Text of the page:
About The Jaguar


     The jaguar (Panthera onca) is a big cat and is the only Panthera species found in the Americas. The jaguar is the third-largest feline after the tiger and the lion, and the largest in the Western Hempishere.  Revered as deities amongst the Mayan and Aztec peoples, jaguars inspire through their grace and power. These agile hunters once roamed from South America to the southern and central U.S., but lost their habitat and were killed off in the east in the 1700s. Spanish bounties and fur hunting in the southwestern U.S. reduced their numbers further. The U.S. Fish and Wildlife Service systematically hunted down the last animals in the 20th century, but the big cat reappears sporadically due to migration from Mexico.

     After the jaguar was listed as endangered in the U.S. in 1997, in response to the Center for Biological Diversity's (CBD) campaign, the CBD sued the Fish and Wildlife Service three times to obtain a recovery plan and critical habitat designation. Finally, in early 2010, the Service announced it would grant the jaguar protected habitat in the U.S. as well as develop a recovery plan. The CBD has proposed the designation of more than 50 million acres of jaguar critical habitat in the southwest. They advocated for protection from government traps, snares and poisons. They also opposed walling off the U.S./ Mexico border, to ensure that jaguars will always have access to the full extent of their range.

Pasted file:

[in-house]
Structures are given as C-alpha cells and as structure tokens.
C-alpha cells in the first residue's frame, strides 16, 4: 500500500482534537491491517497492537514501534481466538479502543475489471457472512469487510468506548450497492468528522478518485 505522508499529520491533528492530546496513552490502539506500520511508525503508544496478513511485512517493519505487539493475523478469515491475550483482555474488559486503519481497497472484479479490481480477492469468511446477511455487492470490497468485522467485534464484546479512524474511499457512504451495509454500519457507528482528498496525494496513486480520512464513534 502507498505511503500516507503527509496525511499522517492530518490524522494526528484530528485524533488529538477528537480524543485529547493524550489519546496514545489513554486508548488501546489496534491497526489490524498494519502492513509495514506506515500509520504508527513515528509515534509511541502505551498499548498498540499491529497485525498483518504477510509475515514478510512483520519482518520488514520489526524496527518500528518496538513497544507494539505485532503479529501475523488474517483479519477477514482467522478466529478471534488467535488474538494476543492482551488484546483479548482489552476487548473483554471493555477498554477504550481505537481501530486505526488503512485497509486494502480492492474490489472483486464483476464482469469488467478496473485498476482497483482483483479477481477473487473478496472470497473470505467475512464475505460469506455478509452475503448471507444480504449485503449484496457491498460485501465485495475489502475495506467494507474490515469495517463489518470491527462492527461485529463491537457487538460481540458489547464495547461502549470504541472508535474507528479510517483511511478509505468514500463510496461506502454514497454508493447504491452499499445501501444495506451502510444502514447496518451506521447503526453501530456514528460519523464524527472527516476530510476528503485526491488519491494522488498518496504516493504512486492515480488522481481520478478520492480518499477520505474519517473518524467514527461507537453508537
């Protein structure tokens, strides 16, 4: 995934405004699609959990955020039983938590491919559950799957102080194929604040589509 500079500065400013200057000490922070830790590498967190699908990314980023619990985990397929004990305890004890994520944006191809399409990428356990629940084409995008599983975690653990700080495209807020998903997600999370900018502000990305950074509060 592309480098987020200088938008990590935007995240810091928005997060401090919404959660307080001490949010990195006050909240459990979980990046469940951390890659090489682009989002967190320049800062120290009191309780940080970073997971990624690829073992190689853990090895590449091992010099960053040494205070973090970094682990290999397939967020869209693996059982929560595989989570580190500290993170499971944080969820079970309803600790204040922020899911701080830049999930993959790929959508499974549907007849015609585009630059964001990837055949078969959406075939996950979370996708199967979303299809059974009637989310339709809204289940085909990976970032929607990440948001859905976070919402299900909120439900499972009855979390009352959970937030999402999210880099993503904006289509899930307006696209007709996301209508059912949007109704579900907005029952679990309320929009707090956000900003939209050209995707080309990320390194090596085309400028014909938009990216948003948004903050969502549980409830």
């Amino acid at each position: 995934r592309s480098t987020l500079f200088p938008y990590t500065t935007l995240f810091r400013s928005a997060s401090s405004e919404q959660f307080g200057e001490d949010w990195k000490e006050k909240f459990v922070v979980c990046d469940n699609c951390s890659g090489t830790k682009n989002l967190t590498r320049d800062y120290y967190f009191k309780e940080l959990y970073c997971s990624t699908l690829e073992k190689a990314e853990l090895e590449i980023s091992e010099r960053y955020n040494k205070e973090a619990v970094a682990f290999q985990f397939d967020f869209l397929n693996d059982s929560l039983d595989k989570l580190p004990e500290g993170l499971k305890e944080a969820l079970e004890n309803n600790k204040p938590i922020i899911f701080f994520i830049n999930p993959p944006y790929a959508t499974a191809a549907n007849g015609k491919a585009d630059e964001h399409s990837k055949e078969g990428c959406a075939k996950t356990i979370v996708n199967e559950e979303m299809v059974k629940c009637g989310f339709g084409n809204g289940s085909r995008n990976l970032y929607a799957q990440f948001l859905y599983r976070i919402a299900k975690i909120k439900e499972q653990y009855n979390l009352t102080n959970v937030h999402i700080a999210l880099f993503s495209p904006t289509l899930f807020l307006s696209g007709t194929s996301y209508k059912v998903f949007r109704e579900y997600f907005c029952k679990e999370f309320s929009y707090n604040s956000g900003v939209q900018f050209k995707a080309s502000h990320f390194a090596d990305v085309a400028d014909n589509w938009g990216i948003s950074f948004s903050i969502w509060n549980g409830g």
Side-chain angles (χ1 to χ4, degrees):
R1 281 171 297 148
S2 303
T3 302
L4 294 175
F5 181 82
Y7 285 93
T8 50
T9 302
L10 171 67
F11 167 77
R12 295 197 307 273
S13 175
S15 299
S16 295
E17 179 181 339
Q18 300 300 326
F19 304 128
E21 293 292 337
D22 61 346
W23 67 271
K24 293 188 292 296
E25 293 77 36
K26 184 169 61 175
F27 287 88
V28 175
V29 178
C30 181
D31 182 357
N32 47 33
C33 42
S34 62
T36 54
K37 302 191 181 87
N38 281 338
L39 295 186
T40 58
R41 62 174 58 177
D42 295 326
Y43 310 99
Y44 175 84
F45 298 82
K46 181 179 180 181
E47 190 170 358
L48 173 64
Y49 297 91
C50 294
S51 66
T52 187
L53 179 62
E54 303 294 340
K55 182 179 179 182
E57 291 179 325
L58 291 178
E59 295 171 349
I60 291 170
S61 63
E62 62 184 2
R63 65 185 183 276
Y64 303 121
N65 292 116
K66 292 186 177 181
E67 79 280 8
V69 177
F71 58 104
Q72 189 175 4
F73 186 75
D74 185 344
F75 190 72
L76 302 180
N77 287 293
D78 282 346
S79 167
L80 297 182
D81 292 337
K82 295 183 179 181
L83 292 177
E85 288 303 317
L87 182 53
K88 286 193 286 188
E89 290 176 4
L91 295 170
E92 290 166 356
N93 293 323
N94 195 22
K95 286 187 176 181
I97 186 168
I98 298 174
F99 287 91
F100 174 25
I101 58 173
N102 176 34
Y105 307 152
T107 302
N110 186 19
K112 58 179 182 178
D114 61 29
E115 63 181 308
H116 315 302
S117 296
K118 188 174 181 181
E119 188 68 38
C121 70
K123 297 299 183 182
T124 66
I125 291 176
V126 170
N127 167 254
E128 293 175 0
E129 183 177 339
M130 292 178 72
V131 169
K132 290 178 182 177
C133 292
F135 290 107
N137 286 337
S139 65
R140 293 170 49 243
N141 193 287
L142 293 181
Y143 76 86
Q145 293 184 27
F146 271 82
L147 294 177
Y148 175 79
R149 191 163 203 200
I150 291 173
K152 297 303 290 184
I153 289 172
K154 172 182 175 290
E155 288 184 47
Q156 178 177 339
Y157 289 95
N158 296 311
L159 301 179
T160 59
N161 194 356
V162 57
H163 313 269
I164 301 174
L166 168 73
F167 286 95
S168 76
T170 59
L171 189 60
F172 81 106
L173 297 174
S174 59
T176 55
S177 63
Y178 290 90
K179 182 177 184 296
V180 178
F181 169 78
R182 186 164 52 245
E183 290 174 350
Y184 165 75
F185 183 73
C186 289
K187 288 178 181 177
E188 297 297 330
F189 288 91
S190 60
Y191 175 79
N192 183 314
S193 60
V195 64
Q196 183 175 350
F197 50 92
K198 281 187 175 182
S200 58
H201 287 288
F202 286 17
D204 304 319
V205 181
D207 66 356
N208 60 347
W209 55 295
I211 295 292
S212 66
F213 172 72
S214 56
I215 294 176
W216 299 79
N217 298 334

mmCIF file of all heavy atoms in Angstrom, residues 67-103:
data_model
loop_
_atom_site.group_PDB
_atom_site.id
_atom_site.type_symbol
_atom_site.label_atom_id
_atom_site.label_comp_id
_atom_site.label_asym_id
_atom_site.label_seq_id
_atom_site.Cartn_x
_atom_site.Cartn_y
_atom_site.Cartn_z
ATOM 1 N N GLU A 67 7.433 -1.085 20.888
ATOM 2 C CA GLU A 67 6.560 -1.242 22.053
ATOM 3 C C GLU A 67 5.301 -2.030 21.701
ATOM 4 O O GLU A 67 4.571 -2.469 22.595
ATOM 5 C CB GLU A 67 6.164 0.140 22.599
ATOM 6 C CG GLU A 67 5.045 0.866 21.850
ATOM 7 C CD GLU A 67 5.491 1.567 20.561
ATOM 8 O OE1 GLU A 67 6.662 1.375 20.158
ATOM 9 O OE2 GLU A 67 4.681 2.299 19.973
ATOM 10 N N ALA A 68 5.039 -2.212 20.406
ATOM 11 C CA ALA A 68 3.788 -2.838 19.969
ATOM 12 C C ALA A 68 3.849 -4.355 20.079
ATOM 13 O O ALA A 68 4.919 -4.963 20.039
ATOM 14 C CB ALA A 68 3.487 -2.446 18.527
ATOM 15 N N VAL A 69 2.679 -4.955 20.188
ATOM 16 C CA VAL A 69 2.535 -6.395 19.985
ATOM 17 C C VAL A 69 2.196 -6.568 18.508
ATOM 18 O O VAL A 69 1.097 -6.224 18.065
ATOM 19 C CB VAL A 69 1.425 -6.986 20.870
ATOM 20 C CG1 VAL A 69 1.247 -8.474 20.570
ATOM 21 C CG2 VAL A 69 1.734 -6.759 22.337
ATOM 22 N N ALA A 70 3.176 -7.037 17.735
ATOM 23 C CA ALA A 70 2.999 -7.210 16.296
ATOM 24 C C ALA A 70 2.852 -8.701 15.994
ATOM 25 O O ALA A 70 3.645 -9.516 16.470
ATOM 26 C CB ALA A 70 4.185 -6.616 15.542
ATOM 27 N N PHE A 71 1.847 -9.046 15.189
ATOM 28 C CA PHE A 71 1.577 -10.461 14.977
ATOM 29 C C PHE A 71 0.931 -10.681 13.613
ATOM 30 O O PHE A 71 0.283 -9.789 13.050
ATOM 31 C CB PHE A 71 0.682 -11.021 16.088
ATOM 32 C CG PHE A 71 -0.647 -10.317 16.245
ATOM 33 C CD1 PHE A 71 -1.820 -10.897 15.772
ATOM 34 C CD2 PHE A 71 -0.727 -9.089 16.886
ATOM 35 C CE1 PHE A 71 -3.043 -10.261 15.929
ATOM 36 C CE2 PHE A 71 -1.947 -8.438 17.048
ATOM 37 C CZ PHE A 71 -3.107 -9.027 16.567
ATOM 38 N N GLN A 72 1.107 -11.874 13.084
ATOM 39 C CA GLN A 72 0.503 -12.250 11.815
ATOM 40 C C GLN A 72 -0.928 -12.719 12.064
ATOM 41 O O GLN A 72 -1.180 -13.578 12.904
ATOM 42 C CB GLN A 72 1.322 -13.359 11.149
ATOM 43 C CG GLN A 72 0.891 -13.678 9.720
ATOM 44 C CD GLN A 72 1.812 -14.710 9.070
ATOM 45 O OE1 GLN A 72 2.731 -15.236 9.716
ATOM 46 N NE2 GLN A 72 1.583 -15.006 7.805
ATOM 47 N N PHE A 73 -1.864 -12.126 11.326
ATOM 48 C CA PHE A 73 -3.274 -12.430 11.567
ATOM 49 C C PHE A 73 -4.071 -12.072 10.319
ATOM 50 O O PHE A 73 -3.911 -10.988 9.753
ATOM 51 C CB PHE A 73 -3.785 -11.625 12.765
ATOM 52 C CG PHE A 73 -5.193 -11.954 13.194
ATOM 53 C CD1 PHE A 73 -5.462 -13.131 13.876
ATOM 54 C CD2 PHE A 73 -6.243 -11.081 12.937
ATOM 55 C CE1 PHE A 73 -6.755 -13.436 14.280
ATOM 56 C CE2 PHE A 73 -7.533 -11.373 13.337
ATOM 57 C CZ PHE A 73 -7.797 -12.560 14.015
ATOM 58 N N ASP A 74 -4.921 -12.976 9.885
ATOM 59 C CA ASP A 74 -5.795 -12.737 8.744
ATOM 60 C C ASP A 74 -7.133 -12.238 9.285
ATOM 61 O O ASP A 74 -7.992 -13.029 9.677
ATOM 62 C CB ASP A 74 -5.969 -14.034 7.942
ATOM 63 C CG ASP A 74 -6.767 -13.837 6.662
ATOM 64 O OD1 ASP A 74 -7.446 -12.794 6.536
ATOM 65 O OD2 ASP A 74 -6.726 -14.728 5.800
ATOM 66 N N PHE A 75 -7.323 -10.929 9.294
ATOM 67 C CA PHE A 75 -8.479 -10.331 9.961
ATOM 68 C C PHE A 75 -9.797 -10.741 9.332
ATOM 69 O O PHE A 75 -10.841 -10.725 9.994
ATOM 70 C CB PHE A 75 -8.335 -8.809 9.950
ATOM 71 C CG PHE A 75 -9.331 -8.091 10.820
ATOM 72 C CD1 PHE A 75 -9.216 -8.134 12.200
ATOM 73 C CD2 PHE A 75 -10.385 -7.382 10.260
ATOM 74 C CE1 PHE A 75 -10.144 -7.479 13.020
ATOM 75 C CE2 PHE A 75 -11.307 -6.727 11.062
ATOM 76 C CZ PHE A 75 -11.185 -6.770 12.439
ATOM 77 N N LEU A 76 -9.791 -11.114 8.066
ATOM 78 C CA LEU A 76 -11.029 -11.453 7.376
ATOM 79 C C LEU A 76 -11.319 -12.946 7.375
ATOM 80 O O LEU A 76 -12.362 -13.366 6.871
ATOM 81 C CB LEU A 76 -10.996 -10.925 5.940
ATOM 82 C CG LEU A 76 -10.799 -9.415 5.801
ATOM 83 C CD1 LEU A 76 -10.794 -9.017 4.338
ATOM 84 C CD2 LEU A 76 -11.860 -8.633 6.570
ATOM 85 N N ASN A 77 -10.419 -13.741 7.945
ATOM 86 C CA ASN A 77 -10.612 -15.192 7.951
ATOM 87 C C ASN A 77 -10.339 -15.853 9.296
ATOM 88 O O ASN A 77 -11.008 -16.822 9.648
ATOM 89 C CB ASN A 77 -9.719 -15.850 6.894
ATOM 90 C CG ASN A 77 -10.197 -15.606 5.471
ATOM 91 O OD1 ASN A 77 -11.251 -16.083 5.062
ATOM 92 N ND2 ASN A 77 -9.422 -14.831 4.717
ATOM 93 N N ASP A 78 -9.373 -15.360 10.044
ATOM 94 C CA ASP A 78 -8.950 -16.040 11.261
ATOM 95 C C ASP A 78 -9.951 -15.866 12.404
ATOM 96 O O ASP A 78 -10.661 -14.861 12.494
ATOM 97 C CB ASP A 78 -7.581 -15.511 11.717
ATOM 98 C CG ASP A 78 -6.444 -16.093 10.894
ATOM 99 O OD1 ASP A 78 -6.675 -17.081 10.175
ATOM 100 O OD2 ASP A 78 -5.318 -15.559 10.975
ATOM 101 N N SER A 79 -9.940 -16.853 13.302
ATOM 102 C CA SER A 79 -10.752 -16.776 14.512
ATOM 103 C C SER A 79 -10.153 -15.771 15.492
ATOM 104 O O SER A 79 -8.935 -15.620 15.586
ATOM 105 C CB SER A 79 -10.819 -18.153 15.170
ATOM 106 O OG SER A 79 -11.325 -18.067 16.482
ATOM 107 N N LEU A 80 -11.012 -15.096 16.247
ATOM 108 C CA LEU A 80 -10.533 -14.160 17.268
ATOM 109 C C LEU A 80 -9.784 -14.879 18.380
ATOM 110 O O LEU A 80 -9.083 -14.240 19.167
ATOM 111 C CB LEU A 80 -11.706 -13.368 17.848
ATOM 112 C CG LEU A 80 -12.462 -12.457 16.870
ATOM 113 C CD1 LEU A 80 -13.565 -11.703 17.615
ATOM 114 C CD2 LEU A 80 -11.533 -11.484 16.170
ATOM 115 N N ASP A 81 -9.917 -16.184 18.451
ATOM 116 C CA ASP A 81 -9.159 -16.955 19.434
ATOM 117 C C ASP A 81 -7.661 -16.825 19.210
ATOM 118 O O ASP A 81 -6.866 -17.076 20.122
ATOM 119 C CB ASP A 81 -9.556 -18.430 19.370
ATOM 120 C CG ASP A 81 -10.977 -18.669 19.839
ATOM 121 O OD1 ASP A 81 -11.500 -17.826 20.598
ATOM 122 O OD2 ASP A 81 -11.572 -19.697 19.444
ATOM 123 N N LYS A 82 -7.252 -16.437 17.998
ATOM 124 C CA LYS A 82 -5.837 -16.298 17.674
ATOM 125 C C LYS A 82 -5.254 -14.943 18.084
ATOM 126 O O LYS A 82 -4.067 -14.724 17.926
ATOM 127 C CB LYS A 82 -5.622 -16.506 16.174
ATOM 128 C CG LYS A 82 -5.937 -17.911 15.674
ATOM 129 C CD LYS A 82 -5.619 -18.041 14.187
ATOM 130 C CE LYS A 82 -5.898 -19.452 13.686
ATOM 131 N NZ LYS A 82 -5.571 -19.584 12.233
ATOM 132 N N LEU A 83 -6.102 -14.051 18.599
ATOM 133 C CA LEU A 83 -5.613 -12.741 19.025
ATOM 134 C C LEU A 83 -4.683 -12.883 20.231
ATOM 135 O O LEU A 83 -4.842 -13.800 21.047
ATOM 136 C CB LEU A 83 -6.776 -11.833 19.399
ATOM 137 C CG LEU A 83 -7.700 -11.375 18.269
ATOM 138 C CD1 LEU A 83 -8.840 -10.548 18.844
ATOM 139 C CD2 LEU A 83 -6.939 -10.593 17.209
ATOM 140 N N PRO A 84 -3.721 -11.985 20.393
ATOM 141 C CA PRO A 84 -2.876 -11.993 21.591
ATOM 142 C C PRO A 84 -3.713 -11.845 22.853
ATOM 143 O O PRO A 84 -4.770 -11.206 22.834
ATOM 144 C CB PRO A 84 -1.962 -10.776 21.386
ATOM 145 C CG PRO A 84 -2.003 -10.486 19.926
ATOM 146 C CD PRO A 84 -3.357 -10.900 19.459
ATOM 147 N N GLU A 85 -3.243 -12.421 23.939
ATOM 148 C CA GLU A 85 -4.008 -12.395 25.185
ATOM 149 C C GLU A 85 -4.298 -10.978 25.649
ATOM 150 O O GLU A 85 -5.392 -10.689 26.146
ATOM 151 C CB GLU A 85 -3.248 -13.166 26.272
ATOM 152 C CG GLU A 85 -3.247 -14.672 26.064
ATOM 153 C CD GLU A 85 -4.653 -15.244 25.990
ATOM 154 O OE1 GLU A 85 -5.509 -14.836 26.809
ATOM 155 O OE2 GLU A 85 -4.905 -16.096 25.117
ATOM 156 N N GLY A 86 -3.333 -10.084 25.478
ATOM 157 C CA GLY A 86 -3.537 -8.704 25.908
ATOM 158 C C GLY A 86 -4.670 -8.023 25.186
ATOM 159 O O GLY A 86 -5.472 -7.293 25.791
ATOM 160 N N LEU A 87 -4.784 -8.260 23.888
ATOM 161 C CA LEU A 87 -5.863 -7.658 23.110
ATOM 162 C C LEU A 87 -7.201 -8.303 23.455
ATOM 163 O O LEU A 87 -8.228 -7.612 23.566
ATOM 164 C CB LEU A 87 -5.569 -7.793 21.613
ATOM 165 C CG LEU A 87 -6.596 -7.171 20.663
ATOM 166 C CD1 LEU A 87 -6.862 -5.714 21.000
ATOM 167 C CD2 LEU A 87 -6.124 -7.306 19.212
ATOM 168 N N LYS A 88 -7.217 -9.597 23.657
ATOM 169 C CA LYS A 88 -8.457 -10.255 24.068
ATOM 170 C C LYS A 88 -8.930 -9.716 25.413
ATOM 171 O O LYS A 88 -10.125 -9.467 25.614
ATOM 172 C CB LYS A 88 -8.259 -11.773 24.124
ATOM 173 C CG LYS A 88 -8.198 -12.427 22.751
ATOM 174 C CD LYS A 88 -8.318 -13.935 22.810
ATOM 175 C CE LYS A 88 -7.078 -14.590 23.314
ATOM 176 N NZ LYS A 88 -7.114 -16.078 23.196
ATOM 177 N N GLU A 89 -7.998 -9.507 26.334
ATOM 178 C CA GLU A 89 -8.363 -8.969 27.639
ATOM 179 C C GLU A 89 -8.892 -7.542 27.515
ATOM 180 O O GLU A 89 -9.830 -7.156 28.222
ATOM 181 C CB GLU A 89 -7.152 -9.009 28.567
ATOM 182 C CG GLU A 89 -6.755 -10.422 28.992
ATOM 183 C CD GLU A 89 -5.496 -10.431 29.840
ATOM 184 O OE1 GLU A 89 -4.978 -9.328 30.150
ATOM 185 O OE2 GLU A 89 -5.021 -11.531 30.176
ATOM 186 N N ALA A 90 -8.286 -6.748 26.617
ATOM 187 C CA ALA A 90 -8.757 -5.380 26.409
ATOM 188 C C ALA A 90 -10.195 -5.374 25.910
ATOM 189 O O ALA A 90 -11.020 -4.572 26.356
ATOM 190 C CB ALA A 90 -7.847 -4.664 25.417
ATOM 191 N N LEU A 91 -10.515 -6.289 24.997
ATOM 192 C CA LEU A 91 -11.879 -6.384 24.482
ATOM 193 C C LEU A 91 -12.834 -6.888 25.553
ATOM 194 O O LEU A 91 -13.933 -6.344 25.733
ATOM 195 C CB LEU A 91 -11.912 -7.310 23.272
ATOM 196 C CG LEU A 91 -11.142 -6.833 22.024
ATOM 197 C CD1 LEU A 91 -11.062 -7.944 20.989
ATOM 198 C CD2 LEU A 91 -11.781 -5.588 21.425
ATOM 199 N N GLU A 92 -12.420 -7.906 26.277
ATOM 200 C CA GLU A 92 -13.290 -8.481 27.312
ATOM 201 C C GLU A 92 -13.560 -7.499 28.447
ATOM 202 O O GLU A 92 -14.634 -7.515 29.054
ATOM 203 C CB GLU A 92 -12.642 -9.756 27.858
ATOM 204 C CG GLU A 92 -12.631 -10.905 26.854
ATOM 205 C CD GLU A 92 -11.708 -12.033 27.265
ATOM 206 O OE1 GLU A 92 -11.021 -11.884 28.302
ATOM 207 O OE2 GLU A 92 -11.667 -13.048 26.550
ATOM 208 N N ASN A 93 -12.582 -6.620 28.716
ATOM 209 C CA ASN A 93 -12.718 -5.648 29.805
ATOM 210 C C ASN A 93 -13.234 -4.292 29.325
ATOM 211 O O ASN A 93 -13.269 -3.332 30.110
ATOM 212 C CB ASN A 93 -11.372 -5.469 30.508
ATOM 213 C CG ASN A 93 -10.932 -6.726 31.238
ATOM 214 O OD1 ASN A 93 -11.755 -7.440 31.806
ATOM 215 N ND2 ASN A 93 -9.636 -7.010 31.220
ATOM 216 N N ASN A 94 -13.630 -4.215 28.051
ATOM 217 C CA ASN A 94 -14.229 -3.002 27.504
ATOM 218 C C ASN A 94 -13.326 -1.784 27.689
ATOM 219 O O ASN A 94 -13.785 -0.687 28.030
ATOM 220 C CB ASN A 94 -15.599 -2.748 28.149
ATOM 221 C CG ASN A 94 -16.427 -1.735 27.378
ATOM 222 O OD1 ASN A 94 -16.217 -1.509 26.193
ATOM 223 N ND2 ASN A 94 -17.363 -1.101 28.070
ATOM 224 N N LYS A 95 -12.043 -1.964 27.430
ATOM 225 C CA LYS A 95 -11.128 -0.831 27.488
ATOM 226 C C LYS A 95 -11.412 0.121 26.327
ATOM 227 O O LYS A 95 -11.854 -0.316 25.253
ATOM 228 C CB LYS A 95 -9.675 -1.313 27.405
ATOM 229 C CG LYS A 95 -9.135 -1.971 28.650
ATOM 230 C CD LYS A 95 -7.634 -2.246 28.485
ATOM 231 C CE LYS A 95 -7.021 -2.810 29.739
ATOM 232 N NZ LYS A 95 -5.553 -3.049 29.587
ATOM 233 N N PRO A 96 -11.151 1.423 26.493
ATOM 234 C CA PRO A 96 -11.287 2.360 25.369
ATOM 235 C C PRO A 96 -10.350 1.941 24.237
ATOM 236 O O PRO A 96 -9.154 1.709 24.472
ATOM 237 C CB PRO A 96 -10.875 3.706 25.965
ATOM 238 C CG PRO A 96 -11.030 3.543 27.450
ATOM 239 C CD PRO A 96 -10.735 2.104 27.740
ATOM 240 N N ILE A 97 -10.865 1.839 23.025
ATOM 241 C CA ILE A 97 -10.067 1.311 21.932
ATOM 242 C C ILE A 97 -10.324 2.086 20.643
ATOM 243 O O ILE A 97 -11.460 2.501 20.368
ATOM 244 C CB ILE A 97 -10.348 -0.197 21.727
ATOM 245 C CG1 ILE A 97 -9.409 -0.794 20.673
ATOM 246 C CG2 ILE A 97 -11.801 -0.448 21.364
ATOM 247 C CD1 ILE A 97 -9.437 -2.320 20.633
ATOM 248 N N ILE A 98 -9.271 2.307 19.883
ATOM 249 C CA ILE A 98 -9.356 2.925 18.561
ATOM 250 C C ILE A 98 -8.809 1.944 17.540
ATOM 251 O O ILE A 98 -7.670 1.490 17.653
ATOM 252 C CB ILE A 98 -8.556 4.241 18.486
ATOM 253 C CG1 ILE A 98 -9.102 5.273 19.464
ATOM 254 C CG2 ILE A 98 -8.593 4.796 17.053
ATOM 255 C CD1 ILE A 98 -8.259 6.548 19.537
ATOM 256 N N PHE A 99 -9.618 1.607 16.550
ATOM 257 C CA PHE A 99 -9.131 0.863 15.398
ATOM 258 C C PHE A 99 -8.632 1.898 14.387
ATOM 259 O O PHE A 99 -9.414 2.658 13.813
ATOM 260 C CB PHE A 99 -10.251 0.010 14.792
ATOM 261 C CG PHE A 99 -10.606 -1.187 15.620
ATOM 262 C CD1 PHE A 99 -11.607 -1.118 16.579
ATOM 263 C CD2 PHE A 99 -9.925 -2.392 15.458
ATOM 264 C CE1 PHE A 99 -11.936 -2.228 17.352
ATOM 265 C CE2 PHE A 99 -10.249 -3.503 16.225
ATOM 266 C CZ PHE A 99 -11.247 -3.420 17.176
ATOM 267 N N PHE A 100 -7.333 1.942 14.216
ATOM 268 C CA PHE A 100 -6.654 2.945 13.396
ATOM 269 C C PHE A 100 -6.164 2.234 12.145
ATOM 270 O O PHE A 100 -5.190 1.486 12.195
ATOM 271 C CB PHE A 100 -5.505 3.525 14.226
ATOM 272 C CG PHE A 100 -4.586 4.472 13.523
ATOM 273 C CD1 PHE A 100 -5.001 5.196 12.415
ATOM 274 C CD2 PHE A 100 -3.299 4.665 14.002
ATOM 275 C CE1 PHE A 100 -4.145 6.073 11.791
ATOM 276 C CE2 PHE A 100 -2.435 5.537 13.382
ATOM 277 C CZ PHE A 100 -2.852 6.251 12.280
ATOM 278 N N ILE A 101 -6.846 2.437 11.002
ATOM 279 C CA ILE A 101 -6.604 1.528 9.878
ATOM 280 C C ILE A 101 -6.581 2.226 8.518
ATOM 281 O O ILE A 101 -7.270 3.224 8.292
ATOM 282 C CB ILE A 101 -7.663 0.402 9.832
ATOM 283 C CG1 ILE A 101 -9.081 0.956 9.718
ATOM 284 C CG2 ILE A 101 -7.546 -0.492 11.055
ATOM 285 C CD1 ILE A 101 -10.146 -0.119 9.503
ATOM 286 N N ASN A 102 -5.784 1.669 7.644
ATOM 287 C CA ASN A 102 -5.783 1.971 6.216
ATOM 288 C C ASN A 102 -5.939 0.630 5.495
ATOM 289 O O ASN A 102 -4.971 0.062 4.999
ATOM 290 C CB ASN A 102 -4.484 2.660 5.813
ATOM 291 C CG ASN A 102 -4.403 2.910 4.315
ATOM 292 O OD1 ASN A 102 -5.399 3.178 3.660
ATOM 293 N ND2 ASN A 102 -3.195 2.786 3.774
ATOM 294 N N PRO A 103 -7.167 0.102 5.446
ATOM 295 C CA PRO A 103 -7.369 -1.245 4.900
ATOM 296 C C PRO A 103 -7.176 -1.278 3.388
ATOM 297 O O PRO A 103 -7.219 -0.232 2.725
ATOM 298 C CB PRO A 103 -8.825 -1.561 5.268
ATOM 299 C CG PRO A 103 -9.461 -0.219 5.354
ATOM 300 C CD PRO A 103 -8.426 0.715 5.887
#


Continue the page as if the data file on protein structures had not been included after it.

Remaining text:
In March 2009, the Arizona Game and Fish Department euthanized the last known U.S. jaguar (named Macho B) after capturing and fitting him with a radio collar.  The CBD called for an independent medical investigation, which revealed that the jaguar's death was at least in part due to agency mismanagement. The CBD also called on U.S. Fish and Wildlife Service law enforcement to do an independent investigation, which it did.  In September, the CBD filed suit against the Arizona Game and Fish Department to prevent the killing of any more jaguars, and in January 2010, the Interior Department's inspector general released a report concluding that Macho B's capture had been intentional, and that the Game and Fish Department had no permit to capture jaguars, either intentionally or incidentally.  In April 2010, the CBD filed a notice of intent to sue the predator-control branch of the U.S. Department of Agriculture over its use of traps, snares and poisons that risk injuring or killing both jaguars and ocelots in the southwest.  Two months later, the CBD filed a notice over the Fish and Wildlife Service's permit authorizing Arizona Game and Fish to "take" jaguars with traps and snares.